If you suddenly started having problems with specific foods – or with what seems like every food – as an adult, you’re not alone! It can feel pretty mystifying to suddenly start having weird reactions to fruits or shrimp or whatever else when you never did before. And it’s even worse if it’s a case of “my entire digestive system is suddenly revolting against me; what gives?”
Unfortunately, this is a real thing that does happen: healthy adults can suddenly start having allergic reactions or weird digestive reactions to foods that used to be fine, for no obvious reason. It’s totally possible to develop an allergy to a certain food as an adult, even in your 30’s or 40’s. It’s also possible to develop Irritable Bowel Syndrome (IBS) and all kinds of other gastrointestinal symptoms and food reactions well into adulthood, especially if you’ve had some kind of trigger event like an infectious disease.
Here’s a look at two kinds of food issues that can suddenly pop up in adults – food allergies and IBS – and what to do about them.
Yes, food allergies can show up in adulthood
We’ll start with the true allergies – the immune overreactions to specific proteins in foods. Adult-onset food allergies are really a thing! They’re not as common as food allergies that develop in childhood, but they do happen.
According to this paper, the symptoms of food allergies in adults range from swelling/itching around the mouth (also called oral allergy symptom) to gastrointestinal problems that don’t seem like an “allergy” at all. The paper also notes that adult food allergies rarely cause hives and related skin problems (although other food-related issues, like Celiac Disease, can).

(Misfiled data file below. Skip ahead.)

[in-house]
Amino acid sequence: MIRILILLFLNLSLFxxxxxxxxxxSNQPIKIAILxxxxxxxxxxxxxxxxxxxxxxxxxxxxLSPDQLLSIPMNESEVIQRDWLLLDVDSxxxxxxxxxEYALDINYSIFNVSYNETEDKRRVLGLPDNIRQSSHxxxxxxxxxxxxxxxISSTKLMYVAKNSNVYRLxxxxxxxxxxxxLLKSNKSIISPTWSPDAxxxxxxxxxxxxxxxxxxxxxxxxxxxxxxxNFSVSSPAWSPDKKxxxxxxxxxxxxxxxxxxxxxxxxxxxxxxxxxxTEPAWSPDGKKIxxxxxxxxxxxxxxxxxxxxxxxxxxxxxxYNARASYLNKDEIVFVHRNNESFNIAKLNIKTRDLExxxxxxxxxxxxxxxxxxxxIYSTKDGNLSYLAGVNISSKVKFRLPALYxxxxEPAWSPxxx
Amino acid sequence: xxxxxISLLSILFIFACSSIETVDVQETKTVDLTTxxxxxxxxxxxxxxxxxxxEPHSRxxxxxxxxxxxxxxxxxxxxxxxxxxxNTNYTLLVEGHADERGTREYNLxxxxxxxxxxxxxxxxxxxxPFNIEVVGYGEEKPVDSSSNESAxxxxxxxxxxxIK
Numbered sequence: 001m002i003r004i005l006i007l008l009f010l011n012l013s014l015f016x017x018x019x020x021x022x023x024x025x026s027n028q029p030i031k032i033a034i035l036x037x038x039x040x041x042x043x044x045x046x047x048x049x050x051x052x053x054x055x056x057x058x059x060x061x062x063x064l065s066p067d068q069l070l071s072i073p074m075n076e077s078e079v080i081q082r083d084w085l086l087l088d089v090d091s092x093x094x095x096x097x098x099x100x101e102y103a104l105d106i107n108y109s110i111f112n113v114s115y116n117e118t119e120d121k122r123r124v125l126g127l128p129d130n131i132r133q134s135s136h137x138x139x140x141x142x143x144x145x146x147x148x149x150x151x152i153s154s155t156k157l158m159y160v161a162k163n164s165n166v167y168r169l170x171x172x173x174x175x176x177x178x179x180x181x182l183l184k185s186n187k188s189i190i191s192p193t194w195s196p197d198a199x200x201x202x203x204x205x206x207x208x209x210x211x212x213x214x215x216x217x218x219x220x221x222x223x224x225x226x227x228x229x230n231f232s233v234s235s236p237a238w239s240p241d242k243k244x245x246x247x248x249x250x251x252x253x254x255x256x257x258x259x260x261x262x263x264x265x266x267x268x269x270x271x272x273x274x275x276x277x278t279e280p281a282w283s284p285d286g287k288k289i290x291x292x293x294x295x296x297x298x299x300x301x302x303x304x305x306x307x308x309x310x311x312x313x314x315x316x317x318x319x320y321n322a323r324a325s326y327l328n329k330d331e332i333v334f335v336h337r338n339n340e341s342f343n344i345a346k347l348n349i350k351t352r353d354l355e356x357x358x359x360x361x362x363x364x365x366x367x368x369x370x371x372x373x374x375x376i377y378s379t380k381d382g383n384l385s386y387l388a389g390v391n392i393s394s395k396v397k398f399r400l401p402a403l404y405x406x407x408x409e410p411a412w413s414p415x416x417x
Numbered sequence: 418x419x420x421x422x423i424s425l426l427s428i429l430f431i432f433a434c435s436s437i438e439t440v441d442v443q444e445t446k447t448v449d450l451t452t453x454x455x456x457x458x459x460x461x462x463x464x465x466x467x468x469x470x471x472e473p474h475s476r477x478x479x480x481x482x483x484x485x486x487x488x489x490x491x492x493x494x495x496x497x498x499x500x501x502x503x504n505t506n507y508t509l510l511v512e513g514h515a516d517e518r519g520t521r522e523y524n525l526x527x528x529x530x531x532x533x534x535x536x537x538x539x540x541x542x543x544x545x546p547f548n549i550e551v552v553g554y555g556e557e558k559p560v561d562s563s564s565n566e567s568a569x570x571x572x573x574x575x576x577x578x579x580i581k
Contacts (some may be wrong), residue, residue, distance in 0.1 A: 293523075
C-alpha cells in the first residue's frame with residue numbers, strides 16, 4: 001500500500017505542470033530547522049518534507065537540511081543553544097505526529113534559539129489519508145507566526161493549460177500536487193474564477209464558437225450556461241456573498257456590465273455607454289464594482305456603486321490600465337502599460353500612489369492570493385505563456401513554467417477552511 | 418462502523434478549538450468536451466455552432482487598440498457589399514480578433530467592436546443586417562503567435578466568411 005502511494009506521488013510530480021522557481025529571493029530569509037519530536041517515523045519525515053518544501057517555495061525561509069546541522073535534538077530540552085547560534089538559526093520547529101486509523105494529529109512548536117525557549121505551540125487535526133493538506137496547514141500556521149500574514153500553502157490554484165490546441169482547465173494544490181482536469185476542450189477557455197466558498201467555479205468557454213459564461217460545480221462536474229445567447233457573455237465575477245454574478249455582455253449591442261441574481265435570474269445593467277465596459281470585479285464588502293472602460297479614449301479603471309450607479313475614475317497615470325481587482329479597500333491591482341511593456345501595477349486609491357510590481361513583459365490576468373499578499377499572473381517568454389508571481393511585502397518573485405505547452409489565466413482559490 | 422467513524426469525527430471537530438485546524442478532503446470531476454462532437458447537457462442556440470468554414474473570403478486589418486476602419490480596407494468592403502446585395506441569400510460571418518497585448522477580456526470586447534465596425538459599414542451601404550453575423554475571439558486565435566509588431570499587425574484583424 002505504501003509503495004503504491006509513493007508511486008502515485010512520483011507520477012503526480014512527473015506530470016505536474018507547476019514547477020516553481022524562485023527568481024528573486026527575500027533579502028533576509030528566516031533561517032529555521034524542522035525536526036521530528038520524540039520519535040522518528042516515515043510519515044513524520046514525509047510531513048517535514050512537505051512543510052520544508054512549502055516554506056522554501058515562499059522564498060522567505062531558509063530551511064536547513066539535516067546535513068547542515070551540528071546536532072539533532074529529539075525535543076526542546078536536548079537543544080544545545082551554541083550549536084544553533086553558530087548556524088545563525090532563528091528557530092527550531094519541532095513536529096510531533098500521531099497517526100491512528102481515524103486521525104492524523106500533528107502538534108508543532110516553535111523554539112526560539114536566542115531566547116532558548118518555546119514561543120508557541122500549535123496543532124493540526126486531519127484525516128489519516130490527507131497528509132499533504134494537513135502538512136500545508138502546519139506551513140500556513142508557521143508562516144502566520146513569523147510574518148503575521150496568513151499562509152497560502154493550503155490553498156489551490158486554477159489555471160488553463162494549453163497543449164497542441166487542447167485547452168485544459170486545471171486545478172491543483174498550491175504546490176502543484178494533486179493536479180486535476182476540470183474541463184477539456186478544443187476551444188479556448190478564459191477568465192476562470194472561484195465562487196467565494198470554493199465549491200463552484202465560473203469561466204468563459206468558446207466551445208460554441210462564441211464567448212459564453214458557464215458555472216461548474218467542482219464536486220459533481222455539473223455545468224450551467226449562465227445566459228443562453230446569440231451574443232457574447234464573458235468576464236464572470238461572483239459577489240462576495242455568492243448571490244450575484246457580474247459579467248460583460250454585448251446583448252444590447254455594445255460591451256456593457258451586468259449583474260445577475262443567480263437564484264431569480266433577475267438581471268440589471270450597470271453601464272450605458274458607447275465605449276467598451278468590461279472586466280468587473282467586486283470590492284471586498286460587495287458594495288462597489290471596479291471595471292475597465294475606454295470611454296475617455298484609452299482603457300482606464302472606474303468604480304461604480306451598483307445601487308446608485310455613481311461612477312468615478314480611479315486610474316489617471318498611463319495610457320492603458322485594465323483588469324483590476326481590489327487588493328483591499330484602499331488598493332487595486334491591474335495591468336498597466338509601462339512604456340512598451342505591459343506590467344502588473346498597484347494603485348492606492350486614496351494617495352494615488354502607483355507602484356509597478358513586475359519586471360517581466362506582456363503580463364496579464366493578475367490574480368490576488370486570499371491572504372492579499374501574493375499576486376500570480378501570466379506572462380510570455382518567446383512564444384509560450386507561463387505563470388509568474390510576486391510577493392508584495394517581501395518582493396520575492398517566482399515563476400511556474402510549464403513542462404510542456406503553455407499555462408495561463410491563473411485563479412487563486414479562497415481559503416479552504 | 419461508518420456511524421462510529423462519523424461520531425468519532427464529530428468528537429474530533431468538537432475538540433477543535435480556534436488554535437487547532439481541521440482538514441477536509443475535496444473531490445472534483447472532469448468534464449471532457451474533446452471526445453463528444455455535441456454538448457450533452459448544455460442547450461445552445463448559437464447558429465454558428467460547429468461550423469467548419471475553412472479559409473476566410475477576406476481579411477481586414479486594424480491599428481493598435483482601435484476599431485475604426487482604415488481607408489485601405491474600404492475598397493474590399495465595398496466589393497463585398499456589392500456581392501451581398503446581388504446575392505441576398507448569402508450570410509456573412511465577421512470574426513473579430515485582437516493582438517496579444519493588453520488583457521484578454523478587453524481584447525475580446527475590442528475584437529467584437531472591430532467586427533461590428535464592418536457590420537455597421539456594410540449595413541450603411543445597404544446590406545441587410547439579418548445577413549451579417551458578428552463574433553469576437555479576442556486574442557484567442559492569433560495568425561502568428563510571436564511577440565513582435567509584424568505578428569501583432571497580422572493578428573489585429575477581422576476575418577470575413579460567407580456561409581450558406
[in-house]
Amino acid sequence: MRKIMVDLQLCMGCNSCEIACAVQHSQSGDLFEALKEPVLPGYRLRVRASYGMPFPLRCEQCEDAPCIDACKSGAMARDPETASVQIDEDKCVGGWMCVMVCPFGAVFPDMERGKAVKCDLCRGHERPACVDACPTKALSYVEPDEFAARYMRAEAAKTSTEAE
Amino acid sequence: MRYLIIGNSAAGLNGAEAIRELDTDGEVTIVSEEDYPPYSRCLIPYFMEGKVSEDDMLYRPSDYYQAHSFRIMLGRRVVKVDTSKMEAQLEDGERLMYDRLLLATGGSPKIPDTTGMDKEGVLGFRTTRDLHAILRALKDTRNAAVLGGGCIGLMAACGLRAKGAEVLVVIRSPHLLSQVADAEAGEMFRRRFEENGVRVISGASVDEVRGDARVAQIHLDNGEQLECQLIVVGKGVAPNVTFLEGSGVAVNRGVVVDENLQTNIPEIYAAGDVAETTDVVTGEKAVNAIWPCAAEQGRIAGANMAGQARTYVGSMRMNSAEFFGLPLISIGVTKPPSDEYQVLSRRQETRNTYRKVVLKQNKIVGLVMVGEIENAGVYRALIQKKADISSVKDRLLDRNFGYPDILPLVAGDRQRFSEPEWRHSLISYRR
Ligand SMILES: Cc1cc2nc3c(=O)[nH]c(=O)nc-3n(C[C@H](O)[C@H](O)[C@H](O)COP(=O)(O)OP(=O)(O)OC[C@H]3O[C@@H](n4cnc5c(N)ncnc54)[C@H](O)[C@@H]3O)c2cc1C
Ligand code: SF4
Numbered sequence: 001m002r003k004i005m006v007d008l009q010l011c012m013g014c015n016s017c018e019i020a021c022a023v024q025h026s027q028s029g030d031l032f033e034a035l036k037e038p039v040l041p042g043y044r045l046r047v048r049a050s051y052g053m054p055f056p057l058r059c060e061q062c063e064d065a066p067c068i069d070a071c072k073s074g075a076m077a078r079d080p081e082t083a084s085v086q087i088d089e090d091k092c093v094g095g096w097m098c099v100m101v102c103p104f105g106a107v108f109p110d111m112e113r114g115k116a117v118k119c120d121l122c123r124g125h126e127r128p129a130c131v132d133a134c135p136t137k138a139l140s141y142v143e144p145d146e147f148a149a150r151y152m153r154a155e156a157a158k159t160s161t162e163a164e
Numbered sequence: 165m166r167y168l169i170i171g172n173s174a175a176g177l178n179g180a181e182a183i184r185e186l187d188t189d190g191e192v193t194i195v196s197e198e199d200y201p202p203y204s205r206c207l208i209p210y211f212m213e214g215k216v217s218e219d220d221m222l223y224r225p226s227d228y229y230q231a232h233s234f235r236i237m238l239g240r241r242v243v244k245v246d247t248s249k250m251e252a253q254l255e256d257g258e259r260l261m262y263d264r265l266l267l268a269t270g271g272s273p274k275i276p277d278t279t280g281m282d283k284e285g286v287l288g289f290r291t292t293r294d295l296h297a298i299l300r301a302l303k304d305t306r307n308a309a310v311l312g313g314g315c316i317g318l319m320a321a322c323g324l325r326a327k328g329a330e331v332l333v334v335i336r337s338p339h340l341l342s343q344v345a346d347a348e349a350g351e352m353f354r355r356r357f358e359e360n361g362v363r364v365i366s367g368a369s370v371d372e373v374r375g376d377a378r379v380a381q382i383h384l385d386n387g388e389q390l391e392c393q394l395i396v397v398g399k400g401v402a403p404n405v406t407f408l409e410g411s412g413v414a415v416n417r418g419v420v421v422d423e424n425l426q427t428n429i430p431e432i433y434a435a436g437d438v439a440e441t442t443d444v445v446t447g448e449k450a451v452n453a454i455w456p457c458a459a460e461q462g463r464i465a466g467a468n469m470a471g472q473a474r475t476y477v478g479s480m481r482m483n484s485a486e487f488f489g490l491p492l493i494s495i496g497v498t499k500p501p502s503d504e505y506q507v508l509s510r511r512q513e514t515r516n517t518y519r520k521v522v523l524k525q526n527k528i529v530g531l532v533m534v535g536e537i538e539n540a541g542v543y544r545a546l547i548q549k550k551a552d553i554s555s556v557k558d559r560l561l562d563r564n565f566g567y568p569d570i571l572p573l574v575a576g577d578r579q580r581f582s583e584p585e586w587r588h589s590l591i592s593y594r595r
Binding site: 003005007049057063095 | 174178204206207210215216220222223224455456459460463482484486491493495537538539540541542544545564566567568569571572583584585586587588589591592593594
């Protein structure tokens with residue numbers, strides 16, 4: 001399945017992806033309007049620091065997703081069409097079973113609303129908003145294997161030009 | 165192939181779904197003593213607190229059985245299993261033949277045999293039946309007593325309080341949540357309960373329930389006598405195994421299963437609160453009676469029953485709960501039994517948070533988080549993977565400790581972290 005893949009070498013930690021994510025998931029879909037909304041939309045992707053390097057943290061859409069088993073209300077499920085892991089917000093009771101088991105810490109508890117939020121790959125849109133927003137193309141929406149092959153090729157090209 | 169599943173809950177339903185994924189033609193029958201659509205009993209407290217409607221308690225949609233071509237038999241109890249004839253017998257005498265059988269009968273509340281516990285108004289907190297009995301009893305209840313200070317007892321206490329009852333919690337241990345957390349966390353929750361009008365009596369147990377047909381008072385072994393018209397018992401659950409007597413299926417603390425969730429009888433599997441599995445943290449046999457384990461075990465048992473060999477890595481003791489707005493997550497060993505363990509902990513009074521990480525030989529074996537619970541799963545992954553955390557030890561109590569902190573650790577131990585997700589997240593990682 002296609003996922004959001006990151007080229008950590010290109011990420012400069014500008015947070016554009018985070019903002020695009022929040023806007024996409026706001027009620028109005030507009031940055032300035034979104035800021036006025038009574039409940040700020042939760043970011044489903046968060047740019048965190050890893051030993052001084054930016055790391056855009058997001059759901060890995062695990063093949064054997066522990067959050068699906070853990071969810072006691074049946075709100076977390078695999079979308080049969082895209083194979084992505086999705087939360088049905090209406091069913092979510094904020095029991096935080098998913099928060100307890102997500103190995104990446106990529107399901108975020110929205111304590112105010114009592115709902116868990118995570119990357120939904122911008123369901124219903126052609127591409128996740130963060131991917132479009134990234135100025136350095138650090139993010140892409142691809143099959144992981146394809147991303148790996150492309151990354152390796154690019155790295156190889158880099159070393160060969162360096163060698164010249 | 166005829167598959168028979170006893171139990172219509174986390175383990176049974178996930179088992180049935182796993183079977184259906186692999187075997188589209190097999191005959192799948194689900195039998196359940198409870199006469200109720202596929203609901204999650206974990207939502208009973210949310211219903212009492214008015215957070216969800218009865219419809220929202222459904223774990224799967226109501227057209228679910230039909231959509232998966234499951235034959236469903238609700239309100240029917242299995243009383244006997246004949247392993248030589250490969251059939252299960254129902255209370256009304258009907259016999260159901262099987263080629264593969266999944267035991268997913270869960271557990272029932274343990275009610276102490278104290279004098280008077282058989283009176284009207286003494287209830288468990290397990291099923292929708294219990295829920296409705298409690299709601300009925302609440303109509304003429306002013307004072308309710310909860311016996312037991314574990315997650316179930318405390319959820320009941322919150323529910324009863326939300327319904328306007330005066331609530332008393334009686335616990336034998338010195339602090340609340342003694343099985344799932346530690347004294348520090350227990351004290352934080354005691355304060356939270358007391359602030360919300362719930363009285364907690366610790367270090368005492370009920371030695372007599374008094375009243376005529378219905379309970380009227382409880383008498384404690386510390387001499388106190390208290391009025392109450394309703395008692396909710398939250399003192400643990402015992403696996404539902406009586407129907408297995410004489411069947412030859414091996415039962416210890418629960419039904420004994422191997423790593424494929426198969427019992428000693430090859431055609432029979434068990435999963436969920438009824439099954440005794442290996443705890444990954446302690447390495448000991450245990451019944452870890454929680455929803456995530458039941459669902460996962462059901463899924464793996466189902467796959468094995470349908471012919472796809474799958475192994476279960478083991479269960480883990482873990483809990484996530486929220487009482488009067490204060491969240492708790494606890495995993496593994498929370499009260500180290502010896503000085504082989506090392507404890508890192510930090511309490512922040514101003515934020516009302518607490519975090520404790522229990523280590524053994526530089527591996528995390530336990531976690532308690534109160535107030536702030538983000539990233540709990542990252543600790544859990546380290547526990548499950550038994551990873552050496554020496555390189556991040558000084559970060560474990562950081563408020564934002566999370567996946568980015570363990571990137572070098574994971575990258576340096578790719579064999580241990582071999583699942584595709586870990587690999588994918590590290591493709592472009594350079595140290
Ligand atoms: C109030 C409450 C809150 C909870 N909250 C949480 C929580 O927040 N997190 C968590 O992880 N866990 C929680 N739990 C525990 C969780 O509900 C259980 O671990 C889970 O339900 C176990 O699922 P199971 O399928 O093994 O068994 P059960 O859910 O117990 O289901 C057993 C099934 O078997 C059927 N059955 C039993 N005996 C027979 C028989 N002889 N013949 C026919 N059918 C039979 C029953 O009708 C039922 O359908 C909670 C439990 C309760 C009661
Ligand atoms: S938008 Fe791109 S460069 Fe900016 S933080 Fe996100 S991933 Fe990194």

This review covers adult food allergies, including the research on people who suddenly develop food allergies as adults. Various studies have documented adult-onset food allergies to…
- The usual suspects: nuts, shellfish, milk/dairy products, wheat and soy
- Fruits (of various different kinds) and vegetables (most notably celery and carrots) interestingly, a lot of studies have associated these fruit/vegetable allergies with allergies to plant pollen
- Eggs (sometimes associated with bird allergies)
- More rarely, beef, pork, and random other foods (in theory, you can be allergic to just about anything)
If any of that sounds familiar, the only way to know for sure that it’s an allergy is to go to a doctor and get a diagnosis. From a Paleo perspective, it’s absolutely possible to eliminate any of these foods (or even several of them) on Paleo – check out some tips on Paleo without nuts, Paleo without fish, dairy alternatives, and Paleo without eggs.
But what if it’s not a true allergy? What if there’s no specific food or foods that trigger the reaction, or what if the allergy test is negative? It might be…
IBS can show up in adults, too
For more general gut issues – or if the problem is with all food and not with any one identifiable food – Irritable Bowel Syndrome (IBS) might be something to consider. IBS can affect people for the first time as adults, especially after a period of high stress or an infection that affects the stomach and digestive system.